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There are three woodpeckers which breed in Britain; the Green Woodpecker is the largest and most brightly coloured of the three.


When a Grey Heron flies overhead with neck curled back, you could be forgiven for thinking that you are back in the time when the dinosaurs ruled the earth.


The Grey Wagtail is not a good name for this brightly coloured bird for, although it has blue slate grey upper parts with black wings, beneath it has a bright yellow breast and rump.


You cannot mistake this bird from any other. It is nothing less than brilliantly coloured. They are blue green above and orange chestnut below.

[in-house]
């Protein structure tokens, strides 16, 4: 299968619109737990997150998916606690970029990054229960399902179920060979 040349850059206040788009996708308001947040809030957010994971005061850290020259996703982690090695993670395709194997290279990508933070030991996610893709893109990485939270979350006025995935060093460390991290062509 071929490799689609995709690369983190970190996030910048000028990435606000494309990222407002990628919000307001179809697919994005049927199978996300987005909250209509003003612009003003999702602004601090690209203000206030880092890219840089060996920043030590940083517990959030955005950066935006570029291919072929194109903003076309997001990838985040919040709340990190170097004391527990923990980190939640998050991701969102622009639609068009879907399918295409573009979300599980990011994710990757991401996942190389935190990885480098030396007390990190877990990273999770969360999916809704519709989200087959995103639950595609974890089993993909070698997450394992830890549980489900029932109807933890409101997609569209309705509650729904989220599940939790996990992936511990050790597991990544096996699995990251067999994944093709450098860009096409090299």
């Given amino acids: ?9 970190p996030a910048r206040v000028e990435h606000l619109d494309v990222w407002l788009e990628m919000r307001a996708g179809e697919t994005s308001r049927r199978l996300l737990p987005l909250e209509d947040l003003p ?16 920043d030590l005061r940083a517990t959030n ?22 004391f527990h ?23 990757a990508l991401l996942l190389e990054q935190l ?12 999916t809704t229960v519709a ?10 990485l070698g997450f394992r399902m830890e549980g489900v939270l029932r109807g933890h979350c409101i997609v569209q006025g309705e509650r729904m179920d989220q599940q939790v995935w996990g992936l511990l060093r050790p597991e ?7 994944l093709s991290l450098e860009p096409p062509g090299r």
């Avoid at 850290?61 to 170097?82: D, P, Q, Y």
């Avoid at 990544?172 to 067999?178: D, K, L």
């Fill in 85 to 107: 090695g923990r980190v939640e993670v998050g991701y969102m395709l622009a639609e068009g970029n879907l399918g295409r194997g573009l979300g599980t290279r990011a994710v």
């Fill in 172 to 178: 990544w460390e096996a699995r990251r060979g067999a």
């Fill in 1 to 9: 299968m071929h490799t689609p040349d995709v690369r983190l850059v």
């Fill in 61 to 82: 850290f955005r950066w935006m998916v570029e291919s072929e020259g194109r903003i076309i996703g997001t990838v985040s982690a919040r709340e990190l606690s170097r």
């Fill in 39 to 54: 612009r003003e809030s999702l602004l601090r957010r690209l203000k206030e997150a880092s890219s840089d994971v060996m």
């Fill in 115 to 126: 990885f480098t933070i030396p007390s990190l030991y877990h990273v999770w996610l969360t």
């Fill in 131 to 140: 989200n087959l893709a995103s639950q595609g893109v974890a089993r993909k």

The male birds (drakes) have a glossy green head and are grey on their wings and belly, while the females (hens or ducks) have mainly brown-speckled plumage.


The Moorhen is probably the most common of British water birds although their numbers have been on the decline since the 1970s.


The Nuthatch has blue slate upper parts and buff coloured under parts. The eye stripe is black and it has a white throat, grey bill and yellowish-brown legs.

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